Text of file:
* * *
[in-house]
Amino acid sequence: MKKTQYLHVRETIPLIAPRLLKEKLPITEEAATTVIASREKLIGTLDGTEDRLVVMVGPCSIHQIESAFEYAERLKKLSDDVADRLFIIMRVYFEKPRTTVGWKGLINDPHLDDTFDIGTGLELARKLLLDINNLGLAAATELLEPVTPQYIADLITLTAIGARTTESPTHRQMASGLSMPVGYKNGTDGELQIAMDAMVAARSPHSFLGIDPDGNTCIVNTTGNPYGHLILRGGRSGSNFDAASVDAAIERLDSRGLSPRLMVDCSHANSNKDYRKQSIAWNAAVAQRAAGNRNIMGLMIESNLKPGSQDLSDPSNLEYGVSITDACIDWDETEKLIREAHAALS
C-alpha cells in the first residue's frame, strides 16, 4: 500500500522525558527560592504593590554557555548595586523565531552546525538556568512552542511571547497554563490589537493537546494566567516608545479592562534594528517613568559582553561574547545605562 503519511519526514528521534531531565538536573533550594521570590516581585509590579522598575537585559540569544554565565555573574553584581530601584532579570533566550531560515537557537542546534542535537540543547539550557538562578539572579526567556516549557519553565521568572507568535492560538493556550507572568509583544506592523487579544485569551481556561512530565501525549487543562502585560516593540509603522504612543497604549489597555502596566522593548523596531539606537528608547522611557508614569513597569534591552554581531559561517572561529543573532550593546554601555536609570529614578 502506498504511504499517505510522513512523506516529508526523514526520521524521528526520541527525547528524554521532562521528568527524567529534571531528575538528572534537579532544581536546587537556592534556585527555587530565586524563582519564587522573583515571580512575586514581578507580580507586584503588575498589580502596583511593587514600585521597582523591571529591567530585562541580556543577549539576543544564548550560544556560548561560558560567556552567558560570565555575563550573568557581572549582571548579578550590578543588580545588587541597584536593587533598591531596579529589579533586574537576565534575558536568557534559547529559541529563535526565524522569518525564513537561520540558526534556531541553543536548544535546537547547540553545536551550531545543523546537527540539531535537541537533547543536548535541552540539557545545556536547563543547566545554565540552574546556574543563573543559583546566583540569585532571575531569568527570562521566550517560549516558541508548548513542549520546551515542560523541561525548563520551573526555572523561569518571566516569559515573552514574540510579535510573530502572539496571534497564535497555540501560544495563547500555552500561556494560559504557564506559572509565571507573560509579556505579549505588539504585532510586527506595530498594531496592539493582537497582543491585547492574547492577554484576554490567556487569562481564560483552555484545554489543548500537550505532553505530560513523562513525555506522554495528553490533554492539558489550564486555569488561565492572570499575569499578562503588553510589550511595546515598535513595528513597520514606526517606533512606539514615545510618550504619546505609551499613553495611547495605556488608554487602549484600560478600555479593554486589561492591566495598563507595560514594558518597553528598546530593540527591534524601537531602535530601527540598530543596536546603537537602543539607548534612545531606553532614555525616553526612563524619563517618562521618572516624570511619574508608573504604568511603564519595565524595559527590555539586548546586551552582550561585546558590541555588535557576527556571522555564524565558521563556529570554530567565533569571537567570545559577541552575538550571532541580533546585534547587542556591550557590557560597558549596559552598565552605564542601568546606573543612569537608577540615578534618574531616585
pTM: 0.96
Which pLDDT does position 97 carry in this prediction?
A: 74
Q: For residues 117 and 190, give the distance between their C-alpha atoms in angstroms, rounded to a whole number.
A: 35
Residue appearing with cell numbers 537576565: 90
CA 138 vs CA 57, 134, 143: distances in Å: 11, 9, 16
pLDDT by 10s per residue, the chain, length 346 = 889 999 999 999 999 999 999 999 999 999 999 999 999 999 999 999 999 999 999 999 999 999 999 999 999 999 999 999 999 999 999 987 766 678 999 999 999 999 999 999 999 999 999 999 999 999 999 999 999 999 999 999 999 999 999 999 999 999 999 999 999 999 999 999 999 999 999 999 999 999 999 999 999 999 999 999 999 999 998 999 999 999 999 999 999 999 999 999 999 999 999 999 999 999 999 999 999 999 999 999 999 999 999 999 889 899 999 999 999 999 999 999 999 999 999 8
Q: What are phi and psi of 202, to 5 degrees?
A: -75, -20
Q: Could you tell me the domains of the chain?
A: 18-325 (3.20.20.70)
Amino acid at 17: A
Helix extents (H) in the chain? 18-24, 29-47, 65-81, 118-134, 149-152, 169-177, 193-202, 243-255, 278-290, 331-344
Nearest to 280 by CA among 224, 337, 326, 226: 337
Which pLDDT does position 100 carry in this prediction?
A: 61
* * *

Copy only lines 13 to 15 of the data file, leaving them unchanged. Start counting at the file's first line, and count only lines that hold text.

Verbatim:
A: -75, -20
Q: Could you tell me the domains of the chain?
A: 18-325 (3.20.20.70)